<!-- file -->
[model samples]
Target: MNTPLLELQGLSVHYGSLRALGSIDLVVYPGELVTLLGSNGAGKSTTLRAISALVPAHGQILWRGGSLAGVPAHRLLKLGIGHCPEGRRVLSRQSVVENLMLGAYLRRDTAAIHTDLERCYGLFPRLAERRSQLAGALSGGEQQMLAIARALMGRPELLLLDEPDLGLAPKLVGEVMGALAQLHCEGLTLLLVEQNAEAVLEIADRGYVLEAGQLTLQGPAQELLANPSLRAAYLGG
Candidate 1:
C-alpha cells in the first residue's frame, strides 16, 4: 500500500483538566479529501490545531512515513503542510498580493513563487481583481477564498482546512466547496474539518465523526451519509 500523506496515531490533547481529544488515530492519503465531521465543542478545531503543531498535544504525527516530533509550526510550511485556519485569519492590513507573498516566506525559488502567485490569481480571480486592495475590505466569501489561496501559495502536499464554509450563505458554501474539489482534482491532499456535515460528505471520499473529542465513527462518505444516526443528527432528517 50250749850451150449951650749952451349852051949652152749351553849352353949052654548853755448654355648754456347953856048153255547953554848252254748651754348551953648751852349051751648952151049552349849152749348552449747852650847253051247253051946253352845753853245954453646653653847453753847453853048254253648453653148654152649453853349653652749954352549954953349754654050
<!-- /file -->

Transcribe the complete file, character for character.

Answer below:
[model samples]
Target: MNTPLLELQGLSVHYGSLRALGSIDLVVYPGELVTLLGSNGAGKSTTLRAISALVPAHGQILWRGGSLAGVPAHRLLKLGIGHCPEGRRVLSRQSVVENLMLGAYLRRDTAAIHTDLERCYGLFPRLAERRSQLAGALSGGEQQMLAIARALMGRPELLLLDEPDLGLAPKLVGEVMGALAQLHCEGLTLLLVEQNAEAVLEIADRGYVLEAGQLTLQGPAQELLANPSLRAAYLGG
Candidate 1:
C-alpha cells in the first residue's frame, strides 16, 4: 500500500483538566479529501490545531512515513503542510498580493513563487481583481477564498482546512466547496474539518465523526451519509 500523506496515531490533547481529544488515530492519503465531521465543542478545531503543531498535544504525527516530533509550526510550511485556519485569519492590513507573498516566506525559488502567485490569481480571480486592495475590505466569501489561496501559495502536499464554509450563505458554501474539489482534482491532499456535515460528505471520499473529542465513527462518505444516526443528527432528517 50250749850451150449951650749952451349852051949652152749351553849352353949052654548853755448654355648754456347953856048153255547953554848252254748651754348551953648751852349051751648952151049552349849152749348552449747852650847253051247253051946253352845753853245954453646653653847453753847453853048254253648453653148654152649453853349653652749954352549954953349754654050